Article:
Helvellyn Ridge & The Old Coach Road

Distance: 
17mi / 27km
Ascent: 
1,338m / 4,389ft
Offroad: 
80%
Difficulty: 
82%

Our second Helvellyn route (the first is here) takes a slightly different approach. We tried to consider which of the many bridleways on the ridge are actually the most ridable, and this is what we came up with.

This route starts one the Thirlmere side of the Helvellyn range, from the car park at Thirlspot. We climb from here on an old pony track onto the ridge, a lot of which is surprisingly rideable. After a quick there-and-back of the summit (ok then, maybe not quick!), the route follows the whole ridge from south to north before descending from Great Dodd on grassy singletrack. Finally, a blast along the Old Coach Road and a short road section gets you back to the car.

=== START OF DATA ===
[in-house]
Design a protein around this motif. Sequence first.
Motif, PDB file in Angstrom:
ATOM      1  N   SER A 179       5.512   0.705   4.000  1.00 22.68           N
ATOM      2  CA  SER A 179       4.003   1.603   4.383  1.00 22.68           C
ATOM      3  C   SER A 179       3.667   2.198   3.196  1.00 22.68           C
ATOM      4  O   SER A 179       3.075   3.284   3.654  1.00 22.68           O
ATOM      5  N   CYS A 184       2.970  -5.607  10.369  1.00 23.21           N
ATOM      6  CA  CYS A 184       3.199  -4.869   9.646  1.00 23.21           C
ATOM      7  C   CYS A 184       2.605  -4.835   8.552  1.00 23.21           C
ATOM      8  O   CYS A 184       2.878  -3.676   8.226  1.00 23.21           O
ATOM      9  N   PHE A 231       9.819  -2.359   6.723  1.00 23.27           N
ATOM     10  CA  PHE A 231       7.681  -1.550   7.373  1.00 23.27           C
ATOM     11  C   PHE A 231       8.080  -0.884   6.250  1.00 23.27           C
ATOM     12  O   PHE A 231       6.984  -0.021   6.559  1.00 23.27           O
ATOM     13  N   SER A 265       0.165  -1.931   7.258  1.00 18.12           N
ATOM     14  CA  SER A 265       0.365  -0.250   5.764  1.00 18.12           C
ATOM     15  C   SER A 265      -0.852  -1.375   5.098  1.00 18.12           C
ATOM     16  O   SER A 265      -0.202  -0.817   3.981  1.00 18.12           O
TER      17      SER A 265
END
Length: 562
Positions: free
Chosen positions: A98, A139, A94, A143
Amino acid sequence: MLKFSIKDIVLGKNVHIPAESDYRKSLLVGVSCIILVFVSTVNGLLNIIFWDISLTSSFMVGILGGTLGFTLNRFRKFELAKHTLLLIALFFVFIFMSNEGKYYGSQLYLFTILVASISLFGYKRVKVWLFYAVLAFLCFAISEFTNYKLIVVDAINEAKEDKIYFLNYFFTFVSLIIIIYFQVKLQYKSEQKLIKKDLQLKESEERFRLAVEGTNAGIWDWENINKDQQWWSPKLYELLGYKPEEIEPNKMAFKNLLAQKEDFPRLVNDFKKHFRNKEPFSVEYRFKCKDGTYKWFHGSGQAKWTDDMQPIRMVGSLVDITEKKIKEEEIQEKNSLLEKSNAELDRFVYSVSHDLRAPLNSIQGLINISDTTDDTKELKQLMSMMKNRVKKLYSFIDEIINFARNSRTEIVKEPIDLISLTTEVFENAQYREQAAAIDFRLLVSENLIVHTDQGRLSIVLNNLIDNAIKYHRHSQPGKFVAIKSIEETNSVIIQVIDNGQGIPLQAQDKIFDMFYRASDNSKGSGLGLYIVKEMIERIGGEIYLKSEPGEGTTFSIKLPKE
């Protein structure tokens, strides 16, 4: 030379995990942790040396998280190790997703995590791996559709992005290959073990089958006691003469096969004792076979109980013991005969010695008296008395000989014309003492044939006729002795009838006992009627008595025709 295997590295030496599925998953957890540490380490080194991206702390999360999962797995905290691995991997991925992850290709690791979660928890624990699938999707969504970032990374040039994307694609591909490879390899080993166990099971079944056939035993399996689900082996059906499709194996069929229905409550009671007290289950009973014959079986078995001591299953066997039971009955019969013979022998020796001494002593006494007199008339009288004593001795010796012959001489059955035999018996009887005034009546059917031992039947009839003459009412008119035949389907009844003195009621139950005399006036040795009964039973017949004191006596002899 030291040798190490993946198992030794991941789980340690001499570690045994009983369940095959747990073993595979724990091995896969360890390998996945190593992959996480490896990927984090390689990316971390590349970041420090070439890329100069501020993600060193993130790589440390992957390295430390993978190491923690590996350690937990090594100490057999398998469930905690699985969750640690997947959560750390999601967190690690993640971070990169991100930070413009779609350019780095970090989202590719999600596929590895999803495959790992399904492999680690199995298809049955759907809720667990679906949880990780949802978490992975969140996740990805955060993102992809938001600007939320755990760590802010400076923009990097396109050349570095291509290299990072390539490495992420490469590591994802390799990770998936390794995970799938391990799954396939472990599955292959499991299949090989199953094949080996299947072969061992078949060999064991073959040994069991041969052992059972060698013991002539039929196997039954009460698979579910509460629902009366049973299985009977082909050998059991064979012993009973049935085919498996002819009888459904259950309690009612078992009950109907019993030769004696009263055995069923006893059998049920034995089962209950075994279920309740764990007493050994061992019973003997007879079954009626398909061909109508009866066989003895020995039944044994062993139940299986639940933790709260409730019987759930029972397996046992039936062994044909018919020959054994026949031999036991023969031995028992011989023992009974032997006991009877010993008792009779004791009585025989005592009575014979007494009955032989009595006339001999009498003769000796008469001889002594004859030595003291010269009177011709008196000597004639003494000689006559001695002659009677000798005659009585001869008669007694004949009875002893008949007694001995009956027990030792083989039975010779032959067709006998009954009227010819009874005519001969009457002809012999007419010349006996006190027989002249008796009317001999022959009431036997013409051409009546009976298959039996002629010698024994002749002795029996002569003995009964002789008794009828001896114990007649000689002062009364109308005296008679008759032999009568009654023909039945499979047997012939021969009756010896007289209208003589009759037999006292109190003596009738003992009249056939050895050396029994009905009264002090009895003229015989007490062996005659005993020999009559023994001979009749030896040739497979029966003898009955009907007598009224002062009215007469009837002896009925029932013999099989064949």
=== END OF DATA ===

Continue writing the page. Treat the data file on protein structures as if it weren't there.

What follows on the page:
Ullswater Circuit

Distance: 
20mi / 32km
Ascent: 
453m / 1,486ft
Offroad: 
45%
Difficulty: 
62%

This route is perfect if you fancy something technical, but without too much effort because it involves hardly any climbing and yet it still manages to take in what is probably the best technical bridleway in the country – the Ullswater lakeside path from Howtown to Glenridding. Not only is the technical riding superb, it also affords breathtaking views across Ullswater.

The only downside of this ride is the long road section it starts with. The first 11 miles are on-road but this just serves as access to the ride itself, and it’s over in no time anyway and the scenery is fantastic.

High Street & Ullswater

High Street
Distance: 
23mi / 37km
Ascent: 
1,467m / 4,812ft
Offroad: 
89%
Difficulty: 
92%